Hallmon also credits much of the motivation behind her belief that education empowers, and opens doors, to her mother. The graduate of Tougaloo College, a historically black institution, continued her academic excellence in an effort to make her mom and family proud and went on to earn her master's and doctoral degrees, graduating from the University of Mississippi and Liberty University, respectively.

Carol Rose

"My mother was a high school dropout and earned her GED. She'd say, 'This is good for me, but it's not good enough for y'all,'" Hallmon said, adding that her mom wanted her and her sister to put education first and value the opportunities education would bring. "It was a no-brainer for me. [As a youth], I did well in school. I was an athlete and an avid reader. I'd read books by Maya Angelou and Toni Morison. I would try to find women who had the Dr. in front of their names and figure out how they got it. I once asked a counselor, 'How do I get to have 'Dr' in front of my name?' and he said, 'That's not something you'll ever probably get to do.' I didn't know why he'd say that to me considering I was a pretty good student. [When I went to] Tougaloo College, all of my professors had doctoral degrees and were black. It opened me up and felt so real. I wouldn't stop. I wanted to take the torch further."

She would later become an English teacher and then a Department of Education professional, and she uses those experiences today, as a full-time entrepreneur and consultant, in the work she does with entrepreneurs in the Village.

"There's a privilege that comes [with education] where people will pull the chair out for you at the table and believe that you're supposed to be there. I understand that," she said. "And because I know there's a certain privilege that comes with my education, I don't lose myself because of that opportunity. Every opportunity my education allows me to get, I'm bringing my community with me. When you can speak differently about your business and connect it to research and data, people listen to you differently. You have a different level of respectability. Getting my doctorate is probably one of the best things I've done for my family and my legacy."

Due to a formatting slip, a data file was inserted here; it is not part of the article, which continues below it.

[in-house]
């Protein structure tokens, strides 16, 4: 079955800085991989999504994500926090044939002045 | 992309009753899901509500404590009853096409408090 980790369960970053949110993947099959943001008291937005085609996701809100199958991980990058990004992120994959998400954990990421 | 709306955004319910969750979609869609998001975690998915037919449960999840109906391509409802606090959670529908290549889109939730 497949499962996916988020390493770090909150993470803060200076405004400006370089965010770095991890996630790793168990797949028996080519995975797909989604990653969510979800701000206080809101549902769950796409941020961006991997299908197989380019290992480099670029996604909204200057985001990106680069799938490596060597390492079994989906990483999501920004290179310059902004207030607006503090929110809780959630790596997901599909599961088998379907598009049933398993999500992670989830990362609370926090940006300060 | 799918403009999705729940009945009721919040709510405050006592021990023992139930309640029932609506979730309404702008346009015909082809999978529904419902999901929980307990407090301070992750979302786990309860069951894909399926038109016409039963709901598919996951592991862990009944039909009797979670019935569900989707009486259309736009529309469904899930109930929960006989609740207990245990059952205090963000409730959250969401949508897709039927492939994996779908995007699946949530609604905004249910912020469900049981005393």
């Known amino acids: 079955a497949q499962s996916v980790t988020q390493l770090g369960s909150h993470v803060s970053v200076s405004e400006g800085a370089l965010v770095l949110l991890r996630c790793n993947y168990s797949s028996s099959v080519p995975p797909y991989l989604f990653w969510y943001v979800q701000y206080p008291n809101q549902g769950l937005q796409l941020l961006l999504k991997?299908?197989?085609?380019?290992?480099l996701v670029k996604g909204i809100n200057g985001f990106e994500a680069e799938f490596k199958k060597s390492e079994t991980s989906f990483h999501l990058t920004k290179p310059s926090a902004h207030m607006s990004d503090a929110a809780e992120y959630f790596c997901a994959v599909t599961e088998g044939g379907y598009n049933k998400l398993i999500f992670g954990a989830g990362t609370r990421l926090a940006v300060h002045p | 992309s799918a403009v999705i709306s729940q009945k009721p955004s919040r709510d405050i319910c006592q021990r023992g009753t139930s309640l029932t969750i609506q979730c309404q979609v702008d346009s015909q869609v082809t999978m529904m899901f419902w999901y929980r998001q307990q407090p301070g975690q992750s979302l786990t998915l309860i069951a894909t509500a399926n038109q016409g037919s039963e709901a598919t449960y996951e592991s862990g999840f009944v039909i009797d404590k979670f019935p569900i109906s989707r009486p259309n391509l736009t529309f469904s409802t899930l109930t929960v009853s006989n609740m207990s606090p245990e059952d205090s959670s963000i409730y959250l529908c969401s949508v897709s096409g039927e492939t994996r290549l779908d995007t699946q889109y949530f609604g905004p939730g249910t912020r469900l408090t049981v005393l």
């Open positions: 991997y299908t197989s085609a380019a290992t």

"Every opportunity my education allows me to get, I'm bringing my community with me. When you can speak differently about your business and connect it to research and data, people listen to you differently."

That legacy intertwines with what the Village Market stands for, empowering black entrepreneurs through education and offering a community and customer base that will help them thrive, evolve, advance, and someday, pay it forward.

"The reason I created the Village Market: I tell everyone we operate in excellence. That's a hard part to always live up to, [but] I put my company up there. I need people to understand that if we put ourselves up to a level of excellence, you can trust every business that has come into The Village Market to showcase."

For more information on The Village Market, which will be held in Atlanta, GA on November 29-November 30, visit https://www.thevillagemarketatl.com/.

Featured image courtesy of Carol Rose.

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A Black woman wearing a black hijab and black and gold dress stands in between two men who are both wearing black pants and colorful jackets and necklaces

Amira Unplugged and other contestants on Becoming a Popstar

Amira Unplugged / MTV

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A Black woman wears a long, salmon pink hijab, black outfit and pink boots, smiling down at the camera with her arm outstretched to it.

Amira Unplugged

Amira Unplugged / MTV

Throughout the show’s production, she was able to continue to uphold her faith practices with the help of the crew, such as making sure her food was halal, having time to pray, dressing modestly, and working with female choreographers. “If people can accept this, can learn, and can grow, and bring more people into the fold of this industry, then I’m making a real difference,” she says.